As of 11 a.m. Tuesday, Dorian was a Category 2 hurricane with top sustained winds of 110 mph moving toward the Florida coast after stalling over the Bahamas and causing widespread devastation there.

Dorian hit the Bahamas as a Category 5, which is the most powerful hurricane. The Associated Press reported that it tied the record for the most powerful Atlantic hurricane ever to come ashore in the Bahamas. It equaled the Labor Day hurricane in 1935.

As of 11 a.m. Tuesday, Dorian's core was about 45 miles north of Freeport, Grand Bahama Island, and about 105 miles east of Fort Pierce, Fla. The storm was moving northwest at 2 mph.

Forecasters said tropical storm force winds from 40-70 mph could reach counties on the southern South Carolina coast later Tuesday and the North Carolina coast by 8 a.m. Wednesday.

Impact on U.S. uncertain

The storm's impact on North Carolina and other Southeastern states depends on how far west it tracks and how fast it moves.

Although the worst of the wind and rain is expected east of Interstate 95, forecasters said small shifts in how the storm tracks would significantly affect its impact. Wind and rain on the Carolinas coast were expected to increase if the storm slowed.

Wind gusts of 50-plus mph are expected in eastern North Carolina Wednesday and Thursday, along with power outages and “a tornado or two,” said forecasters.

On Monday, forecasters said western North Carolina could get as much as 5 inches of rain later this week.

Dorian is expected to begin moving slightly faster toward the north-northwest in the next 36 hours, followed by a northward and then northeastward motion near or over the coasts of South and North Carolina. After moving offshore of the Outer Banks, Dorian could accelerate northeastward.

The National Hurricane Center hasn’t predicted where Dorian could make landfall, but earlier forecasts said it would be closest to shore as it passes the Outer Banks.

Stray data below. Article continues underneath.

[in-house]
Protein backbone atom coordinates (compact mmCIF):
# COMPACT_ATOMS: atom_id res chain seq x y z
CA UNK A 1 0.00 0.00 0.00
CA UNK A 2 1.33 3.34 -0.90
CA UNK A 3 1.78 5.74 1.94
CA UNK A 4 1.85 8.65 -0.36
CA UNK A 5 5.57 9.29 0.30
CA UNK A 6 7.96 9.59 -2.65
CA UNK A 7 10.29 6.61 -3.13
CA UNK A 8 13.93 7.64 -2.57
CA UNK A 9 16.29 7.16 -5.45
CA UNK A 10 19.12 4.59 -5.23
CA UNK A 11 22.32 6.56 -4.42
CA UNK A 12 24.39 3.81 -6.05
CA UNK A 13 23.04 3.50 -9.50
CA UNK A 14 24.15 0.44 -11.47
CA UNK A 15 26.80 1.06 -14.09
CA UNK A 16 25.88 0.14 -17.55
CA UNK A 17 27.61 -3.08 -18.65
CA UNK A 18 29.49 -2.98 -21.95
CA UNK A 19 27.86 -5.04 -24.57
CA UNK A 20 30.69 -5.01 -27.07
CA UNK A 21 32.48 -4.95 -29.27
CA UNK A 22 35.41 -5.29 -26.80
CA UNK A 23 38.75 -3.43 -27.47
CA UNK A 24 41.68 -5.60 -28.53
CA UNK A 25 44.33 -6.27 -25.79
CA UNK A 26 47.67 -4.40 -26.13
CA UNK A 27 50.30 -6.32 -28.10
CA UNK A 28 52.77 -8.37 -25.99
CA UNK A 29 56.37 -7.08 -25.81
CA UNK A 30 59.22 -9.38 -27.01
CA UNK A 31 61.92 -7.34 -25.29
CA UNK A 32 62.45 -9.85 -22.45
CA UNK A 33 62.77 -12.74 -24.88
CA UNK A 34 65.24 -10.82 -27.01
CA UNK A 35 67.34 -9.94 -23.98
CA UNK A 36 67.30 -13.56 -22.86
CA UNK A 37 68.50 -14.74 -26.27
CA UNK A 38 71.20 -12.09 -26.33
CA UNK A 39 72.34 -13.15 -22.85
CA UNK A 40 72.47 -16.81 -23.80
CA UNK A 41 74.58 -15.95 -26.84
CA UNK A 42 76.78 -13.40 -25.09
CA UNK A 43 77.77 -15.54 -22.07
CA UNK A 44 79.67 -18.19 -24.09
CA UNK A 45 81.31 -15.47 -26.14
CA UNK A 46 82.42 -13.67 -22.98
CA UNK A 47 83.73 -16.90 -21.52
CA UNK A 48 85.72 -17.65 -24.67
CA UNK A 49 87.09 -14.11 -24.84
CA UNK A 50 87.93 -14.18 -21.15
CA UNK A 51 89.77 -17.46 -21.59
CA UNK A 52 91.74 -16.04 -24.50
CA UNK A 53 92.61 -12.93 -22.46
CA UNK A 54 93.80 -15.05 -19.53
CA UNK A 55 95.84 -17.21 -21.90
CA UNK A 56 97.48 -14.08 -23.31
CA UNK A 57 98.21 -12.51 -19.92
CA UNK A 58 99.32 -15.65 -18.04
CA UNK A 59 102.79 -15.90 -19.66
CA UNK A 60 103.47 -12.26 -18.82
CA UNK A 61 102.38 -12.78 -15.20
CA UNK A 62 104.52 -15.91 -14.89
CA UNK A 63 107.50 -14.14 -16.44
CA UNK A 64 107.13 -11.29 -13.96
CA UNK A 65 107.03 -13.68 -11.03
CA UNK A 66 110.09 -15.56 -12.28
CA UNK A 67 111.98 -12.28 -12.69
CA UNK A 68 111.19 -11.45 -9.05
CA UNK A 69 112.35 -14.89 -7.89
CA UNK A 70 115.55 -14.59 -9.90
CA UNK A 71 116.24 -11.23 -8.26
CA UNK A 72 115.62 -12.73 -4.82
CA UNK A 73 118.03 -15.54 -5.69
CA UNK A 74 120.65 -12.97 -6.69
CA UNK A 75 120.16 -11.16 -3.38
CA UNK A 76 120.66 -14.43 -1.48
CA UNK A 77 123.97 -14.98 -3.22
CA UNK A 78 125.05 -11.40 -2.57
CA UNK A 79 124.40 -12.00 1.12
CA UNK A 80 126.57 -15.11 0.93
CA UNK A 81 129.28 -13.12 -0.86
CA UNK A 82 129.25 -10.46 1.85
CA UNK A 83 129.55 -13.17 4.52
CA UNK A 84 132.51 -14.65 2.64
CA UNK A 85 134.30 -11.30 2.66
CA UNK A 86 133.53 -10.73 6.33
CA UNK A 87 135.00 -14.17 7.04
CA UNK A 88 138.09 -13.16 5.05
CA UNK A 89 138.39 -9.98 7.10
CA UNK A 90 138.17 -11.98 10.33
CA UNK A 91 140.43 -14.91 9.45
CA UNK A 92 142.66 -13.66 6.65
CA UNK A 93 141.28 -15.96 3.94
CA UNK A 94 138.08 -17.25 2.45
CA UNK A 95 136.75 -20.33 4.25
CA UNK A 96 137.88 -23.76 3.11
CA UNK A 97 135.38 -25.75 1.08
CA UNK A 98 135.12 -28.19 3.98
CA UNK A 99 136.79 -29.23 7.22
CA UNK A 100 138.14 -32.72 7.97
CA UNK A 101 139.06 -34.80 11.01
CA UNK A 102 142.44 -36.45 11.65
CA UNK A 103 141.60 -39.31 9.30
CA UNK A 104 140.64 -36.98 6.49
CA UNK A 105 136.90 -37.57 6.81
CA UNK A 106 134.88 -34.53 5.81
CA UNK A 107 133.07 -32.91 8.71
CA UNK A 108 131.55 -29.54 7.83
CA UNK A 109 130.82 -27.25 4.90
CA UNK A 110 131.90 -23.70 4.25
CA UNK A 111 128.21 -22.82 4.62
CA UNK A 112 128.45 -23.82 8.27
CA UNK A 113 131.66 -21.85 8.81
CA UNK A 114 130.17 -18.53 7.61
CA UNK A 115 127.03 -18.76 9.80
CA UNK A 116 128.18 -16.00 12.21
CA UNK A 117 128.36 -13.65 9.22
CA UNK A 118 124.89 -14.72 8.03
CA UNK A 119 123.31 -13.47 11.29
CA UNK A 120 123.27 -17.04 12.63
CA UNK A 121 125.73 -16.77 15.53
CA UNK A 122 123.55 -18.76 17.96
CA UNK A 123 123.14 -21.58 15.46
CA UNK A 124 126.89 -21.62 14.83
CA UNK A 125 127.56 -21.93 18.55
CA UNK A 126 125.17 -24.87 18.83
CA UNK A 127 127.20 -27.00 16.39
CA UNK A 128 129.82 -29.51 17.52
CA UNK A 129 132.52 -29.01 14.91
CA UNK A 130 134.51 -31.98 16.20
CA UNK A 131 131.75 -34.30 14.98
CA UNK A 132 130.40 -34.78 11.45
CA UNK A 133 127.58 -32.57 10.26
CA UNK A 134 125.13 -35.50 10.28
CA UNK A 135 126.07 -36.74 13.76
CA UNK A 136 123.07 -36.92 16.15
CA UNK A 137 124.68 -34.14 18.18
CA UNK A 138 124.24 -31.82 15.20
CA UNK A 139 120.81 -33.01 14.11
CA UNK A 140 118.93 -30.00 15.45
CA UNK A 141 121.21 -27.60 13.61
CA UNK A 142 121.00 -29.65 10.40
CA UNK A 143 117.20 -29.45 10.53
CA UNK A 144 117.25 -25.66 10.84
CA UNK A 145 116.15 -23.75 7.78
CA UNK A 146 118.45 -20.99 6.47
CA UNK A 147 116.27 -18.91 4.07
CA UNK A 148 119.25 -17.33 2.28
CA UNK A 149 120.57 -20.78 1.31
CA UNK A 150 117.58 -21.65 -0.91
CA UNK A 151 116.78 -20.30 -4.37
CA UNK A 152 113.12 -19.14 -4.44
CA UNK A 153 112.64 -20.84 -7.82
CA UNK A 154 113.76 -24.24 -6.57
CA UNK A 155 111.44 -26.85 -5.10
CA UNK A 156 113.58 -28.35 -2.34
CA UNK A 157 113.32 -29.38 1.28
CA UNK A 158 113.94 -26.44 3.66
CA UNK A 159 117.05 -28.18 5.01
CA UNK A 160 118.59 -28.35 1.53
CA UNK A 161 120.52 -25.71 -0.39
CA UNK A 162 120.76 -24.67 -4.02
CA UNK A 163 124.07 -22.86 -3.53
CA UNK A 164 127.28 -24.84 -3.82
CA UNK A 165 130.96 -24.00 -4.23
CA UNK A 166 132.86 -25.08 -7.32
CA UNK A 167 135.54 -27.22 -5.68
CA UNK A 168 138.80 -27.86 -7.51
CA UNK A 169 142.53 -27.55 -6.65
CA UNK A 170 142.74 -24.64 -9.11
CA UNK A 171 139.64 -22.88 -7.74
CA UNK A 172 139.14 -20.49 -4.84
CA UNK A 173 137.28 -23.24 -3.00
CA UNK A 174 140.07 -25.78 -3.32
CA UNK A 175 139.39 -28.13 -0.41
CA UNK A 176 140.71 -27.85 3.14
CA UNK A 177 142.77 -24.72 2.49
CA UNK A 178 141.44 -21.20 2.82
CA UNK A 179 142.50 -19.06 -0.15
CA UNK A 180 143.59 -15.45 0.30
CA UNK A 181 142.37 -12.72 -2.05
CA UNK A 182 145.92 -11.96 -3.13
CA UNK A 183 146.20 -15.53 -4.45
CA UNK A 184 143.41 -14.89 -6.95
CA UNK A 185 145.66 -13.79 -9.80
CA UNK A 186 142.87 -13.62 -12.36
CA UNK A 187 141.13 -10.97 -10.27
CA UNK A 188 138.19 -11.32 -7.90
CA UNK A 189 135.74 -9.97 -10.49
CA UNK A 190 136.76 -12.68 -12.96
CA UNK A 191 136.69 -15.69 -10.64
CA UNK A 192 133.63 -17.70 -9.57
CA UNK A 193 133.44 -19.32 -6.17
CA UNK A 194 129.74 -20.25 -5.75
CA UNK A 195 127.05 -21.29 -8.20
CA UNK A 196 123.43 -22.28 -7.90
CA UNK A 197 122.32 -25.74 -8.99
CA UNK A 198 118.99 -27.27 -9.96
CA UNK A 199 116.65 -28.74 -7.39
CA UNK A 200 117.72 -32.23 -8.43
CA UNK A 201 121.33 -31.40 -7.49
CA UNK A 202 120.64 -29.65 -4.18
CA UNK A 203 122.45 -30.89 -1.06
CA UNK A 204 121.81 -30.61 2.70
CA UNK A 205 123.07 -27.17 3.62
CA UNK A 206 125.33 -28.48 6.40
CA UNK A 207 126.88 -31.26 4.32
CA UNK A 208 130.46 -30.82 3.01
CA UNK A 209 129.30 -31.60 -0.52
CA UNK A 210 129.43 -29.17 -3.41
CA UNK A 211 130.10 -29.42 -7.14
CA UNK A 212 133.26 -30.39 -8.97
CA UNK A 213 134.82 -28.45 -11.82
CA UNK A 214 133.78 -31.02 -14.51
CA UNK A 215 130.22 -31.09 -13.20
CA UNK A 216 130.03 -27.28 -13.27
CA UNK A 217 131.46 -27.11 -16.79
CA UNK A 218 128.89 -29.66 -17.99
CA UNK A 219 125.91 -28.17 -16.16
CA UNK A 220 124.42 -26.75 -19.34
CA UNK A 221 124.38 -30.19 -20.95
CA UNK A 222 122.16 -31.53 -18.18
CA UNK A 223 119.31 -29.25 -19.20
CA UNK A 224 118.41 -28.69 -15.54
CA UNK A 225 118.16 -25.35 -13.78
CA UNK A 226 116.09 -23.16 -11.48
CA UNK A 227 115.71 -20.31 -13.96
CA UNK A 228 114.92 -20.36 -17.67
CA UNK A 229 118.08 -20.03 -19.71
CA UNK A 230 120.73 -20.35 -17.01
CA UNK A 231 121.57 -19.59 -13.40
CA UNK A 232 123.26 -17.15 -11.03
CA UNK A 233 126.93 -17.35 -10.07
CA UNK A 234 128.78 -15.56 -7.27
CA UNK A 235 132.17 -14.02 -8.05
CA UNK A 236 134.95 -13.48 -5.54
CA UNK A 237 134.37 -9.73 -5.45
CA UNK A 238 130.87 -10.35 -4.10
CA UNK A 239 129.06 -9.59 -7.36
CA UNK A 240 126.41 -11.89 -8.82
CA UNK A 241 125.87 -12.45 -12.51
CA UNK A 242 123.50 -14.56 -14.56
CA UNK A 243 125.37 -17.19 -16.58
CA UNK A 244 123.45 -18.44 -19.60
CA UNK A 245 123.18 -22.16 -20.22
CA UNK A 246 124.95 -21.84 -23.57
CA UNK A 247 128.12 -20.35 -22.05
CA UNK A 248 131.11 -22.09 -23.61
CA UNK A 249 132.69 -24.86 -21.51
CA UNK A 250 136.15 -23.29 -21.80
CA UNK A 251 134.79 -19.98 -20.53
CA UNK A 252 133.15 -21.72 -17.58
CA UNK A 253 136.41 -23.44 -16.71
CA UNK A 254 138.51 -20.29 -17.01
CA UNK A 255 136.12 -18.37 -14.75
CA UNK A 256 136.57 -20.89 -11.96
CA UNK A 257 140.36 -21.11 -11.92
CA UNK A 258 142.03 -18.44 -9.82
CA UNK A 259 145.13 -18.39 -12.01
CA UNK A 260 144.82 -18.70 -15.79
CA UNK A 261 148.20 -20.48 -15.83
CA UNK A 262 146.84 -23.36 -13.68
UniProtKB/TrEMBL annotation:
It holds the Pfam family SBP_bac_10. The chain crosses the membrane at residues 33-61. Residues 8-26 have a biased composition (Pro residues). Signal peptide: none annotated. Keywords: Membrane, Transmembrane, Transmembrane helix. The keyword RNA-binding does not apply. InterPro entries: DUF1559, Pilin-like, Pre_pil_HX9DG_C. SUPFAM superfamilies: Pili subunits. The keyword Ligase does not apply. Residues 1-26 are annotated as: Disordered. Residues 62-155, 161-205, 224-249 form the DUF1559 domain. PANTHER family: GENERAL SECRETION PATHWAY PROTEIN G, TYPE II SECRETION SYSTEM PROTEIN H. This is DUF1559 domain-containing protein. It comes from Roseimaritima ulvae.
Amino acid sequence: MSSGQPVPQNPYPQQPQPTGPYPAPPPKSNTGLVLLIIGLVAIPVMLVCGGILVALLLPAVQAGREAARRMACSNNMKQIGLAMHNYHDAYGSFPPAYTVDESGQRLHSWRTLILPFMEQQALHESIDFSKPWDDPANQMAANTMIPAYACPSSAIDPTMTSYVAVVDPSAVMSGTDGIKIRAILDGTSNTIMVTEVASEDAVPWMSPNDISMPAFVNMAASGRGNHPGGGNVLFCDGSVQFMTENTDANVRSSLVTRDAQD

States of emergency

Gov. Roy Cooper declared a state of emergency in North Carolina Sunday and S.C. Gov. Henry McMaster did so Saturday. This mobilizes state resources and allows state and local governments to seek federal aid.

On Sunday, McMaster ordered mandatory evacuations starting at noon Monday, impacting about 830,000 people in Beaufort, Berkeley, Charleston, Colleton, Dorchester, Horry and Jasper counties.

Cape Lookout National Seashore is scheduled to close at 10 a.m. Tuesday and tourists were told to evacuate the park by then.

The Associated Press said more than 600 U.S. flights Monday were canceled. Nearly half were routes arriving or departing from Florida airports. Cancellations also impacted North Carolina, Georgia, Maryland and other states. About 336 Sunday flights alone were canceled.

Samaritan’s Purse readies

Samaritan's Purse is airlifting its DC-8 cargo plane stocked with critical supplies to the Bahamas after Hurricane Dorian pummeled the island—leaving thousands of people without basic necessities. The first plane load includes emergency shelter material, household water filters and two community water filtration units specially designed to turn saltwater into drinking water.

Disaster relief units (stocked tractor trailers), supply trailers and heavy equipment are on standby at Samaritan’s Purse's North American disaster relief headquarters in North Wilkesboro. Samaritan’s Purse staff and volunteer teams will help clear debris and downed trees, put tarps on roofs and clean out flooded U.S. homes once given access to damaged areas, the Boone-based ministry reported. 

“Samaritan’s Purse is ready to help families in the path of Hurricane Dorian recover from the storm,” said Franklin Graham, Samaritan’s Purse president. “Please join me in praying for everyone in the hurricane’s path.”

Samaritan’s Purse has been working for almost a year in the Florida Panhandle to help residents there recover from Hurricane Michael’s destruction in October 2018, with work now focused on repairing and rebuilding homes.

Details on donating funds to assist with the nondenominational evangelical Christian organization’s disaster relief efforts are at

Lowe’s sending extra supplies

Earlier this week, Lowe’s Companies Inc. said it was working to get extra emergency supplies to where it appears they will be needed in the Southeast. As of Sunday, Lowe’s had sent more than 3,000 truckloads of emergency supplies, including generators, gas cans, flashlights and much more.

Based on changes in the storm track, Lowe’s redirected 40 truckloads of generators to stores along the East Coast. Store 603 in North Myrtle Beach, S.C., received and staged the extra generators.

The Lowe’s Emergency Command Center in Wilkesboro was activated Thursday, but early last week a core team was working to make sure emergency supplies were moving to be in the right place at the right time.

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